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The Misadventures of Mark Lowry: Vestal’s Coconut Cake
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Vestal’s Coconut Cake
Class clown Mark Lowry braves challenges for Homecoming readers...this time, it's helping (hindering) Vestal Goodman as she makes her legendary coconut cake!

I was 11 years old the first time I heard the Goodmans sing. They blended, and yet, not really. You could distinctly hear every part. It was a wall of sound. On my mp3 player I have two of their old live albums. (I used to have these same recordings on 8-Track.) They were known for their voracious appetite for life, gospel music and country cookin’. I proudly stand with them on all fronts. Poor, anemic, Bill Gaither just doesn’t have the stamina for the fat grams that the Goodmans and I have. That’s why, after every Gaither concert, I always made a beeline for their bus. They always had a pot of green beans or homemade chicken salad or pizza. Sometimes they had hot dogs (Howard loved to dip them in mayonnaise). There was always something good to eat on the Goodman bus (unlike the Gaither bus, with its baked potato chips, fat-free pretzels and bland yogurts).

The Happy Goodman Family could sing an old convention song like no other group, each of them singing a different melody line and then all of them landing on the final chord together. It was like throwing pieces of a puzzle into the air and watching them all land in place. Howard was the patriarch of the family — the glue that held them all together. Sam, the middle brother, sang tenor and proved that humor works in a gospel concert. Rusty, the youngest brother, was the poet. He was also a great bass singer.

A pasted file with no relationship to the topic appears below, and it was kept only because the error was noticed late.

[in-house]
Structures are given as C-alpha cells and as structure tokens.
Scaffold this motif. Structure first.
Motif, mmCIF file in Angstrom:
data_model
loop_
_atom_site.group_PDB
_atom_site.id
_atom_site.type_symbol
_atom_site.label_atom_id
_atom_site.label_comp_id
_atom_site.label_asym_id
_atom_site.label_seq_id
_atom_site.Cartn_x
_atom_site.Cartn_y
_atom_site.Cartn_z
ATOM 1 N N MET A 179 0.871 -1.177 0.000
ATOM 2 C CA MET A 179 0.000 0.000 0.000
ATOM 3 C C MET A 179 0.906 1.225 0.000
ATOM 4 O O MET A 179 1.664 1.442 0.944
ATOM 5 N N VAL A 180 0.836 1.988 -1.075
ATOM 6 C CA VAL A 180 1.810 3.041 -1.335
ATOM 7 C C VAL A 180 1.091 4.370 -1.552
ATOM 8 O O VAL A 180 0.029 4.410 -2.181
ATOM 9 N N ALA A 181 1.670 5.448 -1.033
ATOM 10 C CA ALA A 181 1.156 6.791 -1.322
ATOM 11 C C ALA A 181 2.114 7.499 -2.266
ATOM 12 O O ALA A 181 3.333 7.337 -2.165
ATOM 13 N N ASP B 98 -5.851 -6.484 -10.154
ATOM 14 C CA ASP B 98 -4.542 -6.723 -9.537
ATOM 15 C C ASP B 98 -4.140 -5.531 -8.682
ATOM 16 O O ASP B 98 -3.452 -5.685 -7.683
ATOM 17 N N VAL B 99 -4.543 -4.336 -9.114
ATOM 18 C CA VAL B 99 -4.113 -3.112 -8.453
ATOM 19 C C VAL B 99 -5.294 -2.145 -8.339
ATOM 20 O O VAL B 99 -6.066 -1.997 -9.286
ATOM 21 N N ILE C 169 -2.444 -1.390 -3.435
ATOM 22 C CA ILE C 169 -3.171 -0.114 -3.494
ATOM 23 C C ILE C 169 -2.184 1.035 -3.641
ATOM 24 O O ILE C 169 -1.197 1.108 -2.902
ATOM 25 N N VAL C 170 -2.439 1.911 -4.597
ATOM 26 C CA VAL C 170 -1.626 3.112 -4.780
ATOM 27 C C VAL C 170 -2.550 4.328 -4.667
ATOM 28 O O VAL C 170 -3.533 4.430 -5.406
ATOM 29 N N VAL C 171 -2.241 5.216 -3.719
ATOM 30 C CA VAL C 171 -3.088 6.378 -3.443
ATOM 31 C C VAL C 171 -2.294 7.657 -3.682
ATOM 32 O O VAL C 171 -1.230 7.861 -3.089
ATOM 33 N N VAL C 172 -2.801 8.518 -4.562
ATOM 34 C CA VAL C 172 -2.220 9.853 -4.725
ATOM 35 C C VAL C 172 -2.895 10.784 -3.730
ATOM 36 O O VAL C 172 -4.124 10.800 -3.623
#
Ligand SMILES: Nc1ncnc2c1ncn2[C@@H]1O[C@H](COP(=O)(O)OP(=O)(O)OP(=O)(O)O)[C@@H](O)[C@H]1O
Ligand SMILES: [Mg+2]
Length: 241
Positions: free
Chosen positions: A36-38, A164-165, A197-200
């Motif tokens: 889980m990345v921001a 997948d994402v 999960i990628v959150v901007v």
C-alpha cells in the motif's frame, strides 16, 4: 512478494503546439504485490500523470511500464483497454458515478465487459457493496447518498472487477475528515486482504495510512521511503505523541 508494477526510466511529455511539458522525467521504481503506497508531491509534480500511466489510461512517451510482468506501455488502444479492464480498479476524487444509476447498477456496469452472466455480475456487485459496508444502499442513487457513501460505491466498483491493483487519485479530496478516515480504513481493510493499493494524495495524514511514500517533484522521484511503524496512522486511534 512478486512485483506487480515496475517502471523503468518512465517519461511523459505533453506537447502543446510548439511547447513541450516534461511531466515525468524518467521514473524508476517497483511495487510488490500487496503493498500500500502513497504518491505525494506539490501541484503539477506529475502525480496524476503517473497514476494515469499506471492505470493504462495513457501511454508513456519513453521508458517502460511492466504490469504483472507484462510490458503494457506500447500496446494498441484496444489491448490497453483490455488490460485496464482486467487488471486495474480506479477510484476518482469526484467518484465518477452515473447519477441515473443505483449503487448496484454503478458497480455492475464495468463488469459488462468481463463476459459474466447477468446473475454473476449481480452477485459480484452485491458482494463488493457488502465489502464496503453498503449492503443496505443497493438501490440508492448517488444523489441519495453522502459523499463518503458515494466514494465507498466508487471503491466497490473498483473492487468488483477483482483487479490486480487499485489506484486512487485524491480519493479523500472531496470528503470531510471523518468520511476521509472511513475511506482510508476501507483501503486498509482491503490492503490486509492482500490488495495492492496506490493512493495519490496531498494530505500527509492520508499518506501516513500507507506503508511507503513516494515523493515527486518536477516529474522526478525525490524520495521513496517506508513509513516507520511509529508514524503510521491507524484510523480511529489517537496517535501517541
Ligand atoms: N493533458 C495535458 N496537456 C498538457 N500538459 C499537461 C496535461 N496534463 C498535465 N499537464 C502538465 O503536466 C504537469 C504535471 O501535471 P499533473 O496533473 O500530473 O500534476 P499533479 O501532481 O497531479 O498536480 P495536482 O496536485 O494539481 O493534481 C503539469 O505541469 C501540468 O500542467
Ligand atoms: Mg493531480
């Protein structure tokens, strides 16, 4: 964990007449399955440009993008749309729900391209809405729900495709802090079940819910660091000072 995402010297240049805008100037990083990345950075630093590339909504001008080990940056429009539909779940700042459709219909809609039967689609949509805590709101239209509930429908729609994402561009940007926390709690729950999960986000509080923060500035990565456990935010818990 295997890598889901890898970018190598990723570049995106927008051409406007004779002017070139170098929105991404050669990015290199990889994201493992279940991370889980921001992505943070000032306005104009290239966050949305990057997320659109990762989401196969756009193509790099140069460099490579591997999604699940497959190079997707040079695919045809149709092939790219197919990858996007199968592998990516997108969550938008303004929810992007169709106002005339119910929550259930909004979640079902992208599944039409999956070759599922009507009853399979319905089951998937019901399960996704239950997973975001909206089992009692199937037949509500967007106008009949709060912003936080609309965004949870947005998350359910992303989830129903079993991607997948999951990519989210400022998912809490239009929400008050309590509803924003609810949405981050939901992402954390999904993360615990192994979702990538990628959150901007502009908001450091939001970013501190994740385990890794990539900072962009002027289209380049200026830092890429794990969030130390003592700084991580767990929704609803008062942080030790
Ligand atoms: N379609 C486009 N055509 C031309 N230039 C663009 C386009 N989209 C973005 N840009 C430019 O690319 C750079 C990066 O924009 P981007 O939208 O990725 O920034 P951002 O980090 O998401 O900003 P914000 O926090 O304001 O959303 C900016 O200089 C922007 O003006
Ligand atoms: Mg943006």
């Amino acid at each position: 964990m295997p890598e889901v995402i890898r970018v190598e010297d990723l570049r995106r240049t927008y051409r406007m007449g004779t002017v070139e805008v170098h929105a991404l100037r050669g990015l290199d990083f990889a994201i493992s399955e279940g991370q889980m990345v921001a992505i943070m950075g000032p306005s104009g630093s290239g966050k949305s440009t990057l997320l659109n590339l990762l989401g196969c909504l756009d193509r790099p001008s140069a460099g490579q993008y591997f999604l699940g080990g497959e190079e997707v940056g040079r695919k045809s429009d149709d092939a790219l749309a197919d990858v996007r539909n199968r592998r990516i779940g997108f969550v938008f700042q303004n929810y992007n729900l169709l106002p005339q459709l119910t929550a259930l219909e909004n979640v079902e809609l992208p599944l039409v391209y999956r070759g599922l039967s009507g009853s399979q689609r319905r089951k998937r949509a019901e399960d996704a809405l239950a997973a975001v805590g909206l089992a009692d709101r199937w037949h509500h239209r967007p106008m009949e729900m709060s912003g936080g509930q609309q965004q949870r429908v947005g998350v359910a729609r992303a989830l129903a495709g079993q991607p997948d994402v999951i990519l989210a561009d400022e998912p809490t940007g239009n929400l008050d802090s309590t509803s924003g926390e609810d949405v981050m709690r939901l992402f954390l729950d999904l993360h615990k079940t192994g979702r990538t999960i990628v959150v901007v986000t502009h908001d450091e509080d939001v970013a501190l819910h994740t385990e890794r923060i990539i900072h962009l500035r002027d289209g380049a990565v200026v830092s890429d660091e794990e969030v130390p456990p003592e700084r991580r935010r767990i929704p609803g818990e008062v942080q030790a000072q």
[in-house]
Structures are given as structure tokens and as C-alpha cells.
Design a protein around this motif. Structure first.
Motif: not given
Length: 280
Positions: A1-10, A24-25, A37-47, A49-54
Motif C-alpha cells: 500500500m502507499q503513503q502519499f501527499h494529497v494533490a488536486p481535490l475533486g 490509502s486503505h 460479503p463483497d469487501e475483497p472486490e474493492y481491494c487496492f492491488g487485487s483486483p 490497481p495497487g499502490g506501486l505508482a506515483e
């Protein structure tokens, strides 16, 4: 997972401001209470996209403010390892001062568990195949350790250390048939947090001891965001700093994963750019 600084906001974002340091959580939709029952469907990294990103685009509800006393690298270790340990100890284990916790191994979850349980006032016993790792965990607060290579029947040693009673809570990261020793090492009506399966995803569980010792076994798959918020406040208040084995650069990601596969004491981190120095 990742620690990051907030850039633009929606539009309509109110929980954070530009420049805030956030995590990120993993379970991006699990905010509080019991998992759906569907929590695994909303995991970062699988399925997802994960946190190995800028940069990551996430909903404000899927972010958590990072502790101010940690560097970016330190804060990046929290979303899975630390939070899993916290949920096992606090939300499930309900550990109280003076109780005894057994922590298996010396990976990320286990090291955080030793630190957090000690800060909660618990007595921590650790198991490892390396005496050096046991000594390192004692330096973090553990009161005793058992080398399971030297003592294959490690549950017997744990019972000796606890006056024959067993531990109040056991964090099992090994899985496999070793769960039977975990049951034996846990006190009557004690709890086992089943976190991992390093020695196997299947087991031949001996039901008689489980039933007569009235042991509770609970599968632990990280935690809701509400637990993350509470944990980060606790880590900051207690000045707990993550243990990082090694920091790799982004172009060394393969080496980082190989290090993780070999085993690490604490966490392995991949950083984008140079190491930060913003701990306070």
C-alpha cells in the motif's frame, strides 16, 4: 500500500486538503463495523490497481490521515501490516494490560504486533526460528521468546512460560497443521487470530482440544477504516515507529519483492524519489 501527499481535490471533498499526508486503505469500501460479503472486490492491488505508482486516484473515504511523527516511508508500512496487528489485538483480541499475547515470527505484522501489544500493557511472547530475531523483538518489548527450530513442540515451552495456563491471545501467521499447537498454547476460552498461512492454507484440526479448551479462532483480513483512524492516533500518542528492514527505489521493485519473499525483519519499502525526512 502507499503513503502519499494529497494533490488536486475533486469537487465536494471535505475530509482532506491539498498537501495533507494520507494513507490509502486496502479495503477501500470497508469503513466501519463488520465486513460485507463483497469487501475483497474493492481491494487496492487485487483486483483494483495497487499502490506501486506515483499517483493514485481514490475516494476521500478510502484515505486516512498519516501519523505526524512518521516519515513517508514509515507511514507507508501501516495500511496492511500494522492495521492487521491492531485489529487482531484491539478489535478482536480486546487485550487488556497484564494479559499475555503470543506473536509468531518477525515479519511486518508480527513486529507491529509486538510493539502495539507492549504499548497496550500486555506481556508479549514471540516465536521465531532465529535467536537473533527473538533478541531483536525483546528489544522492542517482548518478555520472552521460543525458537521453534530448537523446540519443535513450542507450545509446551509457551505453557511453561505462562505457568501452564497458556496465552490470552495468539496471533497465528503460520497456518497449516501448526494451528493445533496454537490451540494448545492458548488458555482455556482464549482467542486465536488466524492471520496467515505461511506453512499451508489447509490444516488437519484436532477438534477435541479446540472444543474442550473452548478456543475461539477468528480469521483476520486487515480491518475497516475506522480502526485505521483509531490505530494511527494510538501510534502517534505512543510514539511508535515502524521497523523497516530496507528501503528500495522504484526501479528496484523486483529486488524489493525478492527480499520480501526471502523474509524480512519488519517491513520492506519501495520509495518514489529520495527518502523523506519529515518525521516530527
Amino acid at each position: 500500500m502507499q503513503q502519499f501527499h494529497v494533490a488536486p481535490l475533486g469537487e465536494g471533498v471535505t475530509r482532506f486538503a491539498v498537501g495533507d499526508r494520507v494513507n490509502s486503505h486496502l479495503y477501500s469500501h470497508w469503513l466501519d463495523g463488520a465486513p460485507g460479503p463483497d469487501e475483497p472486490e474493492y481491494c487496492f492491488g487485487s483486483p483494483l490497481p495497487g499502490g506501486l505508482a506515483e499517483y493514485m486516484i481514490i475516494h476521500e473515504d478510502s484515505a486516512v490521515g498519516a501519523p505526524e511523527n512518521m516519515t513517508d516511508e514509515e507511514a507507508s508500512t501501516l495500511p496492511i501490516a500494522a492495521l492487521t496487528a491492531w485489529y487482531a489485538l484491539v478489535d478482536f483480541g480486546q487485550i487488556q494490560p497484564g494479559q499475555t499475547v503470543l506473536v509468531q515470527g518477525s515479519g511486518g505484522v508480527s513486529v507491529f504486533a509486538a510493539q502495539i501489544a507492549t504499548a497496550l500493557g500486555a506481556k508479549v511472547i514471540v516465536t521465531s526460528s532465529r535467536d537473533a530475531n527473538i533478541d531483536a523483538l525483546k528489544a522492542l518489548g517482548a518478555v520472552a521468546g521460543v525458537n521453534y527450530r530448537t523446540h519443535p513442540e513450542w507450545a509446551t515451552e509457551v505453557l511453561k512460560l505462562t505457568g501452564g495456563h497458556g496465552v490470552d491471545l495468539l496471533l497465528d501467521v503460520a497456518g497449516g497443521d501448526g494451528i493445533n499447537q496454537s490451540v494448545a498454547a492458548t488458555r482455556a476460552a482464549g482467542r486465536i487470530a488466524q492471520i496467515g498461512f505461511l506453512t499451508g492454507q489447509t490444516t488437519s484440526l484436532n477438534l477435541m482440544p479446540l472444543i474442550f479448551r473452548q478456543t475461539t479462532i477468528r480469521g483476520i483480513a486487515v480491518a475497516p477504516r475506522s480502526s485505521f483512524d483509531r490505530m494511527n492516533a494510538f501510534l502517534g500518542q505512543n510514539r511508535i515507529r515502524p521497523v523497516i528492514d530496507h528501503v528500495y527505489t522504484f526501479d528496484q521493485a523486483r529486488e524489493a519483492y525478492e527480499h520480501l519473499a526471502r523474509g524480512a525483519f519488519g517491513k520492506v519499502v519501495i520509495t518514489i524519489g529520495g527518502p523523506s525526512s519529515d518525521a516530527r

But the sparkle of the group, the one everyone waited to hear — the one who caused goosebumps to have goosebumps — was Howard’s bride, Vestal. She was an electrical storm in a full-length beaded gown. Her hair was always piled high on her head (like Marge Simpson’s, but a much prettier shade of blue). Her hair is more subdued these days, but she still lights up every room she enters and every audience she sings to.

I was listening to the Goodmans’ Wanted Live! project while I was thinking about what I would do for my next misadventure. I thought it should be something easy. Something I would enjoy. Something involving food. And I remembered Vestal’s coconut cake ...